or this one:-
    http://dolcacatalunya.com/2014/06/17/vea-a-toni-alba-actor-de-tv3-y-miembro-de-la-anc-incitando-al-odio-a-espanya/

    As I mentioned in my first post, There is NO moral or ethical difference between Catalan Nationalism and any other Nationalist movement throughout history.

    1. That kind of referendum is precisely what the Catalan government has repeatedly sought, and what the Spanish government has repeatedly denied. One side is clearly at fault here.

      I’ve talked to lots of Catalan nationalists and I have never heard one of them say the things you attribute to them. They talk about the democratic qualities of the new state, the unfairness of the existing fiscal exploitation, and the intransigence of the Spanish state in negotiating with them. They refuse the term “nationalism” and many of them are native Castilian speakers or descendants of Spanish immigrants into Catalonia.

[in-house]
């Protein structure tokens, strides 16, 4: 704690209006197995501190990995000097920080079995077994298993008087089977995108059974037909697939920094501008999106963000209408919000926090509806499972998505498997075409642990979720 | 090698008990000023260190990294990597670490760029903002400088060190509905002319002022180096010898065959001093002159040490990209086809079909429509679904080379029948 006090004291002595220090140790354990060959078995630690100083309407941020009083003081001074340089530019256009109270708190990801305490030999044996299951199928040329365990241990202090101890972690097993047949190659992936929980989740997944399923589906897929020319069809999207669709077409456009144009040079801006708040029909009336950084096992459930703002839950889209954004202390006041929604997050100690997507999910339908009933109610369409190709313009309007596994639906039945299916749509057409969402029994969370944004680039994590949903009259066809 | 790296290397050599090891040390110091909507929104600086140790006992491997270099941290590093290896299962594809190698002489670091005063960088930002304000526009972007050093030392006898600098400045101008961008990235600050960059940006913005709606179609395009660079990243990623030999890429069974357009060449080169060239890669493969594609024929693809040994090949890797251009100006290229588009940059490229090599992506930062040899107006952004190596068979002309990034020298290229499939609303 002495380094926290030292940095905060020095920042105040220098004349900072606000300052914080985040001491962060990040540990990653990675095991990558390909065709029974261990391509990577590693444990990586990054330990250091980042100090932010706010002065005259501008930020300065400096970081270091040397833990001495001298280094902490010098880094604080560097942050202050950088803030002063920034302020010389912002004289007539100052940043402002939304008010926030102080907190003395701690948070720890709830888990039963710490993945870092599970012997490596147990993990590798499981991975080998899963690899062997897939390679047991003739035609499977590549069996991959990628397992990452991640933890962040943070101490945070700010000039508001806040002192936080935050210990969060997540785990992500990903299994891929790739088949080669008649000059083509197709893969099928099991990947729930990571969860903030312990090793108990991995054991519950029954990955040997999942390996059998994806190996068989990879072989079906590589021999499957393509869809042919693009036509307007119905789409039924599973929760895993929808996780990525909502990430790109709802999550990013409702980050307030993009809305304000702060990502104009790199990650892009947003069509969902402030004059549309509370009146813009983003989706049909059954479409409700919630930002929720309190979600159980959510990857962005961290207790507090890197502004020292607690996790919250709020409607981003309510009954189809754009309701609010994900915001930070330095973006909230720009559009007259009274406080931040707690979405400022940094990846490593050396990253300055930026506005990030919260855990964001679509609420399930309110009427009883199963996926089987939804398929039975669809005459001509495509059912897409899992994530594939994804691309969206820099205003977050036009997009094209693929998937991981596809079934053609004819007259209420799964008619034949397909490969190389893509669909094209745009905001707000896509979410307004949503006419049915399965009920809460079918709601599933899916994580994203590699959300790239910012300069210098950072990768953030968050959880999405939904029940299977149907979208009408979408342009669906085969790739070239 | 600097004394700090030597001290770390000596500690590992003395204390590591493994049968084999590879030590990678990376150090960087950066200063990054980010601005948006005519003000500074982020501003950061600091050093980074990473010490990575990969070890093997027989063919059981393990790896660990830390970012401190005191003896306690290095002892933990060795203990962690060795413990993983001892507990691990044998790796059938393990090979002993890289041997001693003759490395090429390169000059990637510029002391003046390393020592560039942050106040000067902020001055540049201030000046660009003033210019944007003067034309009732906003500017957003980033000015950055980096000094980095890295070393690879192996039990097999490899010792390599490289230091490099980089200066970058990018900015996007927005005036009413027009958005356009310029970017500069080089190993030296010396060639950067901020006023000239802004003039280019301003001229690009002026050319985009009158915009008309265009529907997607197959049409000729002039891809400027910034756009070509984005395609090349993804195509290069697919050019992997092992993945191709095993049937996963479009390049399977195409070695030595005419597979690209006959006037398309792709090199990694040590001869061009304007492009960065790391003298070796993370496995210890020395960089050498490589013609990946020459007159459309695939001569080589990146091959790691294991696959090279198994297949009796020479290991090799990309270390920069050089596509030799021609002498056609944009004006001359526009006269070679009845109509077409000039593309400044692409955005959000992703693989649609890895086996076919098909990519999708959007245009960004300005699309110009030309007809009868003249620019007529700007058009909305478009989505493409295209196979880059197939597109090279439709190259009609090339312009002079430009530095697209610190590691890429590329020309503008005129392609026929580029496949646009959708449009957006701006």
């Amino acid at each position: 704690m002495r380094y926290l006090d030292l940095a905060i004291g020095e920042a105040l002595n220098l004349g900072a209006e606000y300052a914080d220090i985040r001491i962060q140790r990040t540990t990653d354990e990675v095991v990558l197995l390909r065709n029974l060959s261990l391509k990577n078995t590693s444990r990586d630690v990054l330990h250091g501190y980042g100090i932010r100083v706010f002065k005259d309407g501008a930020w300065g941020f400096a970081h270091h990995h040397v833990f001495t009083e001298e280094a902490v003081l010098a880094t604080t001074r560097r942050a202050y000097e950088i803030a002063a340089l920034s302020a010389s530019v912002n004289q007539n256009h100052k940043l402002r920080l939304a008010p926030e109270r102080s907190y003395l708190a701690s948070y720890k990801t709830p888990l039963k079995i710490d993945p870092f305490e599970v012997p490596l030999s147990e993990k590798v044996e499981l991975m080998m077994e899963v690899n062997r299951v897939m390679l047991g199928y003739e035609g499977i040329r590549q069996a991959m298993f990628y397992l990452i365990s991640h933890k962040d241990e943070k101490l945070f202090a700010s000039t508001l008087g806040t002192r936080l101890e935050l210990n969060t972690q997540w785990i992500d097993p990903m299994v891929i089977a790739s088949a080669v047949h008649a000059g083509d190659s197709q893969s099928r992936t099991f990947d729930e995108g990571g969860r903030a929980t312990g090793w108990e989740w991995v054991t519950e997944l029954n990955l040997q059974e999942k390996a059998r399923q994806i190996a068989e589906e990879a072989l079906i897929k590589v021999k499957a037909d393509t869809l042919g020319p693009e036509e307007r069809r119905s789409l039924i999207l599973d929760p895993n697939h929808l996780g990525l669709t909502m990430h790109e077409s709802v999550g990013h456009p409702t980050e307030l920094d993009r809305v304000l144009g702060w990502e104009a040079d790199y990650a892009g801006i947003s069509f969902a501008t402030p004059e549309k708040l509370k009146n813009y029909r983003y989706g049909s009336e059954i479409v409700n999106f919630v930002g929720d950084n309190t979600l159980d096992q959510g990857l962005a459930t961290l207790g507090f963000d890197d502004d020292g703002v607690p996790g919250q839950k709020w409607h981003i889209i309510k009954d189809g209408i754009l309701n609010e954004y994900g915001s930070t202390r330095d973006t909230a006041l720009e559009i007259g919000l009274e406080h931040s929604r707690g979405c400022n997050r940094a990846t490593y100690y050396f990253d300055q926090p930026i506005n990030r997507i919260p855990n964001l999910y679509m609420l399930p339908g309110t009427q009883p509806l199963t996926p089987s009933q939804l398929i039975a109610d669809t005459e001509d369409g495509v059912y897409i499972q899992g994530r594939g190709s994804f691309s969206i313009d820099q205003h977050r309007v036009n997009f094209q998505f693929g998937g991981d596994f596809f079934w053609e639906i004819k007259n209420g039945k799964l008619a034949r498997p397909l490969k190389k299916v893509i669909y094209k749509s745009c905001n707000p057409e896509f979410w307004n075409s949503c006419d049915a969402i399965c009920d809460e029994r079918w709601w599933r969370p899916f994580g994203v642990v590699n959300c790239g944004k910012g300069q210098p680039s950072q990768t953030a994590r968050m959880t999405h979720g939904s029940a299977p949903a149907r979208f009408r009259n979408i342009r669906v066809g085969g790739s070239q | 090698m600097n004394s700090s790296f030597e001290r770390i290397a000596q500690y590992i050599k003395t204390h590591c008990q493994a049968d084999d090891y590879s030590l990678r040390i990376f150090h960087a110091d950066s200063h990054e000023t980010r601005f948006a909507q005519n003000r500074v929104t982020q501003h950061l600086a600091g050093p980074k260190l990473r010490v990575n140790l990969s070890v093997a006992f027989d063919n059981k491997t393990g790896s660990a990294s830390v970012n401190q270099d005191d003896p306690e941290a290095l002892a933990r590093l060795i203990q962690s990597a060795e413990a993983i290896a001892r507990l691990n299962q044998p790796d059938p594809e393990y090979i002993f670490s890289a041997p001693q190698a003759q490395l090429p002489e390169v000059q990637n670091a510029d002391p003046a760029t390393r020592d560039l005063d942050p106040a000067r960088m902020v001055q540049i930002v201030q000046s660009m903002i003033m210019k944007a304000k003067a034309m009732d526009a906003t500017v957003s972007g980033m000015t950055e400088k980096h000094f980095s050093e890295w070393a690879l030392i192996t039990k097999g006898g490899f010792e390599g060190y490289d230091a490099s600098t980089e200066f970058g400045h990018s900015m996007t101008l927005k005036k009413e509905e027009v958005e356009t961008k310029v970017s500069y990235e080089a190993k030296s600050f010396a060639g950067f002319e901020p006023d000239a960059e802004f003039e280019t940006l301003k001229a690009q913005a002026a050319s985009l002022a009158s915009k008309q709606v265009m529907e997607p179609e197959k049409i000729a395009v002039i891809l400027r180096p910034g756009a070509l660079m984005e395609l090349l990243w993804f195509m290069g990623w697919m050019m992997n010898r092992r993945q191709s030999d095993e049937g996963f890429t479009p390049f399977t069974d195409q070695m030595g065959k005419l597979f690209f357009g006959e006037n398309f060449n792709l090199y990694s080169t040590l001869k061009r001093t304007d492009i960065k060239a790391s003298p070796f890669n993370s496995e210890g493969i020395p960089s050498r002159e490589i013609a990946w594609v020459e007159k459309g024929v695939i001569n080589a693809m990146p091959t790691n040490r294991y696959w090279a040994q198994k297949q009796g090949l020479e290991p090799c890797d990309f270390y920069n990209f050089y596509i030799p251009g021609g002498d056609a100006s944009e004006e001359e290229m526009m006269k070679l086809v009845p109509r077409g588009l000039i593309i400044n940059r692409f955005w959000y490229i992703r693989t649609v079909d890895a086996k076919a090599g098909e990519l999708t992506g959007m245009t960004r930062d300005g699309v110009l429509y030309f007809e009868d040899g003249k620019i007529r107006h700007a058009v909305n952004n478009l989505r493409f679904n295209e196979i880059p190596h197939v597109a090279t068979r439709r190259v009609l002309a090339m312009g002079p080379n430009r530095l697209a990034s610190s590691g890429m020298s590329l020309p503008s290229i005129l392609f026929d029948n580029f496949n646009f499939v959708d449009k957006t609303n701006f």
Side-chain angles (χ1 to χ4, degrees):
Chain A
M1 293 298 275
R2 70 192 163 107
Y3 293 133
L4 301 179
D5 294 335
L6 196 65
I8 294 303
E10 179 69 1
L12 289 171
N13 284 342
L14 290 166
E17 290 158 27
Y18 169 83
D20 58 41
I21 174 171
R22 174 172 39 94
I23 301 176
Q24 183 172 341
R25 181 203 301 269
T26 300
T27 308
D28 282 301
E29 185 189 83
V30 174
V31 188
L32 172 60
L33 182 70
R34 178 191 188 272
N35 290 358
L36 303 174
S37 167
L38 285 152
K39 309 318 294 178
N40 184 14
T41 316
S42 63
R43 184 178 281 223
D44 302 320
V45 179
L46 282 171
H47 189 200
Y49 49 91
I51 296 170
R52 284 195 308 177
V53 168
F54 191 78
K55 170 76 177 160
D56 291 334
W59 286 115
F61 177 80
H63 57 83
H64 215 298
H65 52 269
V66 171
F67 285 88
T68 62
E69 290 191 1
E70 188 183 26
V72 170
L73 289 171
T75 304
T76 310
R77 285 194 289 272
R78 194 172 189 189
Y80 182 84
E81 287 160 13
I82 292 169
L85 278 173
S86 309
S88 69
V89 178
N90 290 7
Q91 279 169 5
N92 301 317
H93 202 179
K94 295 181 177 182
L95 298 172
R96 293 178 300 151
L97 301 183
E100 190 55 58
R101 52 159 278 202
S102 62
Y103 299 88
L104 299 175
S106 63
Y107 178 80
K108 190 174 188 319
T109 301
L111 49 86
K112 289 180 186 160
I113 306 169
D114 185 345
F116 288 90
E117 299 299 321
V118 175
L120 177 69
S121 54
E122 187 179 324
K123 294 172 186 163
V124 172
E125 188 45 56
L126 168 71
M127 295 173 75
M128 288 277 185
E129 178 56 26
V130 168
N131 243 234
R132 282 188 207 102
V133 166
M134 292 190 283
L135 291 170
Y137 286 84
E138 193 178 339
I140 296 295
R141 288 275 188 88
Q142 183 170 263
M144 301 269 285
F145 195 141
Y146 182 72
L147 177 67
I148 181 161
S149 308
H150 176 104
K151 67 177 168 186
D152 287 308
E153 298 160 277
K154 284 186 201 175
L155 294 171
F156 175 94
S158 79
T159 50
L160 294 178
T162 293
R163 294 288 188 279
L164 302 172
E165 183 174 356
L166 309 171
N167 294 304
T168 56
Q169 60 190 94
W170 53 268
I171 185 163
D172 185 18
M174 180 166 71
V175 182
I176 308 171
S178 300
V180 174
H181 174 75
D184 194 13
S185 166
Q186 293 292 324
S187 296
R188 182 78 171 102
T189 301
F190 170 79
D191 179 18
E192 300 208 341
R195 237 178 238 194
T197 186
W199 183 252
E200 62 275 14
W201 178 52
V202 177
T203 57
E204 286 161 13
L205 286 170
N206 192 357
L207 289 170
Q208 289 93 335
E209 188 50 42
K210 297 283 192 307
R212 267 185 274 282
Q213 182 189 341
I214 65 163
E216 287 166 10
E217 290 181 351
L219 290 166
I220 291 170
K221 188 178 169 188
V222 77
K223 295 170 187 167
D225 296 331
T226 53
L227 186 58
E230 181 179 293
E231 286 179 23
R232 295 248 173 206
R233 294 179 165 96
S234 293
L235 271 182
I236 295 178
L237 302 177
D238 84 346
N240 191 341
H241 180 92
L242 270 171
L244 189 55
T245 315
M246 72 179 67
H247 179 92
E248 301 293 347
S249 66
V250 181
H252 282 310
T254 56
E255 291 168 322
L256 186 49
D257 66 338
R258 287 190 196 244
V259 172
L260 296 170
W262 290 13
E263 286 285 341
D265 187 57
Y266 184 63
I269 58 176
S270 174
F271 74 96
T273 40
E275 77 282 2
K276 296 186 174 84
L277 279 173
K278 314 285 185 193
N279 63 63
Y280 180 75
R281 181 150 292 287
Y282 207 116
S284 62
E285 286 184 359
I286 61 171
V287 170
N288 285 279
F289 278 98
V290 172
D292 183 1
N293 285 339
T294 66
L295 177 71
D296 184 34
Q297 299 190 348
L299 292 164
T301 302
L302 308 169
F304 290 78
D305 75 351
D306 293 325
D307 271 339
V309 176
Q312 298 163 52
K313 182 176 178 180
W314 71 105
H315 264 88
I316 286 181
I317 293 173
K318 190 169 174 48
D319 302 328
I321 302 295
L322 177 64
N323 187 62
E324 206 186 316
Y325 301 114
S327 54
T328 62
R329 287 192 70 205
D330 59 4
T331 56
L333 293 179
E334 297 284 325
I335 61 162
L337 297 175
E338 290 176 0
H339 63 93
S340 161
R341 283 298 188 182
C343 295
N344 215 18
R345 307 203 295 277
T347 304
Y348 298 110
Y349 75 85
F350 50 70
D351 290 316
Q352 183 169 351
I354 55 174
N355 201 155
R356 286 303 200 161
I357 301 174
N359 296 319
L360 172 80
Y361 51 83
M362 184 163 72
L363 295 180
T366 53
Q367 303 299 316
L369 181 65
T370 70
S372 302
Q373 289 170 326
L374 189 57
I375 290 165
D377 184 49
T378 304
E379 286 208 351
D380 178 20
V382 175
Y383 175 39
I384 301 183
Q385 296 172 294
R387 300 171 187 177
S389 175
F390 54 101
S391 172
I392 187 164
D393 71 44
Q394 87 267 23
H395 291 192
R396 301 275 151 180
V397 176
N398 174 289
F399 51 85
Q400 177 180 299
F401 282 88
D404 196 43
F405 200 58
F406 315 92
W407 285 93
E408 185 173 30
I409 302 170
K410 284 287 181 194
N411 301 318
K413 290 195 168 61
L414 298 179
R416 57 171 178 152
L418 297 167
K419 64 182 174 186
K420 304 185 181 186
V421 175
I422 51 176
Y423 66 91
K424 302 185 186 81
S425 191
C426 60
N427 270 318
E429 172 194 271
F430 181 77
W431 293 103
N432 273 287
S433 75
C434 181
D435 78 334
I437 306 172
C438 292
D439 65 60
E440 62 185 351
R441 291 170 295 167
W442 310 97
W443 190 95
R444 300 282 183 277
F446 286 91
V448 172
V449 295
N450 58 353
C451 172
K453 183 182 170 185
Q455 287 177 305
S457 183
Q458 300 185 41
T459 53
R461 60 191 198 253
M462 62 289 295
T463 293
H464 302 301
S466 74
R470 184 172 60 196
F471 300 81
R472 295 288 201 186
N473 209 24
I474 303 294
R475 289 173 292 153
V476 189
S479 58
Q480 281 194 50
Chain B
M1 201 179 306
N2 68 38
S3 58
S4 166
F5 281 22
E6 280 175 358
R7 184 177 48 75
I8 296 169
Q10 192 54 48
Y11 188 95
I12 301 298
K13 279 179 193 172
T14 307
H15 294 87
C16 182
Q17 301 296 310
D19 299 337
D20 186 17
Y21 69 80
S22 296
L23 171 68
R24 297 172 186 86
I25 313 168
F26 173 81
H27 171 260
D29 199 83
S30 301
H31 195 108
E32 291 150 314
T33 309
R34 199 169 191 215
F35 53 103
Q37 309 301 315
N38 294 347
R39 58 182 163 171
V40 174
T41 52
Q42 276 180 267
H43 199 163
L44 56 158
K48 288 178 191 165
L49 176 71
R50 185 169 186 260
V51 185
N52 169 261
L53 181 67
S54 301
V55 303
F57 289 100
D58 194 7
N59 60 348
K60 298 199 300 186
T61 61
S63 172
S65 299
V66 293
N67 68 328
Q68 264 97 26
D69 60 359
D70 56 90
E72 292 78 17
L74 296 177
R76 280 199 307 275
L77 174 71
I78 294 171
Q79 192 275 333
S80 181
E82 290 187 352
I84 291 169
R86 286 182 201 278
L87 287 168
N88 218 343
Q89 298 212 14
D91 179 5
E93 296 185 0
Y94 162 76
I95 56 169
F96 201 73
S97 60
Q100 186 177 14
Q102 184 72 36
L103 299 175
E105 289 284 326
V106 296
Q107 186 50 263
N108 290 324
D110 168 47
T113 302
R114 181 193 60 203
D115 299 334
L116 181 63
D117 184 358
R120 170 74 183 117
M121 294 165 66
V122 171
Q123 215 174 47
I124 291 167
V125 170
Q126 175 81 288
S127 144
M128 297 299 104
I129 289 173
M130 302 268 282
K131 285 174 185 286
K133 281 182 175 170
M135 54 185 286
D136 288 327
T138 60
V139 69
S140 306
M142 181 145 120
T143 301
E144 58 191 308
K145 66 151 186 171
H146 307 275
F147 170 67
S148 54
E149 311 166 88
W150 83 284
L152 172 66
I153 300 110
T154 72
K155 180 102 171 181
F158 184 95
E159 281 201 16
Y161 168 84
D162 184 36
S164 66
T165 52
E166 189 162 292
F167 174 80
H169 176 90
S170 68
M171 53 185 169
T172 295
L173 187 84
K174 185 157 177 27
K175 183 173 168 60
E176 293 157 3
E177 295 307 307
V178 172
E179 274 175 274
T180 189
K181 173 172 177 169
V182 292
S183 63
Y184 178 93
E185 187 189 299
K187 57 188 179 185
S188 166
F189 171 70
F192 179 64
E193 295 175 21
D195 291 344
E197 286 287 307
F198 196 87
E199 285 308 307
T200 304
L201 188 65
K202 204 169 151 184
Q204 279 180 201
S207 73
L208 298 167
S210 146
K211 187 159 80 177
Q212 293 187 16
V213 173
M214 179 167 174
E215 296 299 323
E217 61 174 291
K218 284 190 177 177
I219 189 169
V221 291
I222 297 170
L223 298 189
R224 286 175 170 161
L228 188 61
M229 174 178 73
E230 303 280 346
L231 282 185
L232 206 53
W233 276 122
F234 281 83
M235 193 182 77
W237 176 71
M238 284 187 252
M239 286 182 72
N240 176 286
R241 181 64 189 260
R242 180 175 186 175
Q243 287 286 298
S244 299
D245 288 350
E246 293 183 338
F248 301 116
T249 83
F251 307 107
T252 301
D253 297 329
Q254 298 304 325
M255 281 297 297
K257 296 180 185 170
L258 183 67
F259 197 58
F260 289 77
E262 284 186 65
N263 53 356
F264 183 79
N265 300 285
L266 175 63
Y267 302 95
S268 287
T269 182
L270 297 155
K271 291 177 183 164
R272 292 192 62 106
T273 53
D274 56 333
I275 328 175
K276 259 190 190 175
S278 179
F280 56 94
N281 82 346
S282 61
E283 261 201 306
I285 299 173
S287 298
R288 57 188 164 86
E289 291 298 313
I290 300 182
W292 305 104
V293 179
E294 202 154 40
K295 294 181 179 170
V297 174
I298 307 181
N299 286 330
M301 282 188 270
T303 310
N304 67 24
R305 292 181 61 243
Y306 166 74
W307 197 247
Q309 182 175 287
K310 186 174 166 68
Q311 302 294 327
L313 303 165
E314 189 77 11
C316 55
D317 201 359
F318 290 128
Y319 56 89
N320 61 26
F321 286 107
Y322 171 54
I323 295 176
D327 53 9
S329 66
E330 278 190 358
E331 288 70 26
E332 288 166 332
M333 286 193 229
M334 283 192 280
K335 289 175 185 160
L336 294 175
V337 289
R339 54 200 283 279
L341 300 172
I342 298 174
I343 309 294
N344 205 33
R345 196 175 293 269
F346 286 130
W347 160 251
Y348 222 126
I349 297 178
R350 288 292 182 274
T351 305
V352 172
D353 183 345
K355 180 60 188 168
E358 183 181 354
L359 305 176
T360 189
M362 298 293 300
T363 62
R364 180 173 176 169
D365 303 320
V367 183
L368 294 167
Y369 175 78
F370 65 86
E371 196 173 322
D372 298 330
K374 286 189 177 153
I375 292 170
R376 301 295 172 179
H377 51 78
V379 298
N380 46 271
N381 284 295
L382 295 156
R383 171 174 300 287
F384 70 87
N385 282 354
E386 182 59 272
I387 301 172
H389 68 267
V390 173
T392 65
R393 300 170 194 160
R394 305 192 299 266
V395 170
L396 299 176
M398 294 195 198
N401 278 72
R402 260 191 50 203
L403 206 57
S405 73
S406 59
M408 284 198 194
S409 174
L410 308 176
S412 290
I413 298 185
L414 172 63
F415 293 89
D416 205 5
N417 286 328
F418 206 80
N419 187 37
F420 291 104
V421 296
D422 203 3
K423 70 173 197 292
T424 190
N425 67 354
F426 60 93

I’ve also read lots of things written by Spanish nationalists, and I can’t see an argument beyond: 1) what they want is illegal; 2) nationalism is bad, and you’re only nationalist if you’re a minority – we’re not nationalists; 3) Catalonia has never really been independent + lots of things about Spanish history; 4) solidarity – it’s “social justice” to take from the rich Catalans and give to everyone else in Spain (but not social justice to require Spain to unify with sub-Saharan Africa – solidarity seems to end at the current political border); 5) the Catalans are just upset because of the recession (which is demonstrably untrue).

  4. Next time you visit Europe, let me know that you are coming and I will arrange for you to meet the victims of Catalan Nationalism. You are, apparently, an American libertarian, yet you defend a right-wing Nationalist movement which has over the last 30 years suppressed a multitude of individual freedoms in the name of greater territorial privileges, imposed a mandated public schooling system that excludes any possibility of receiving their education in Spanish as well as rewriting the history books that they are forced to study, as well as seizing absolute control over all public broadcasting televisions and radios in the region.

    Let me paint you a parallel picture; California.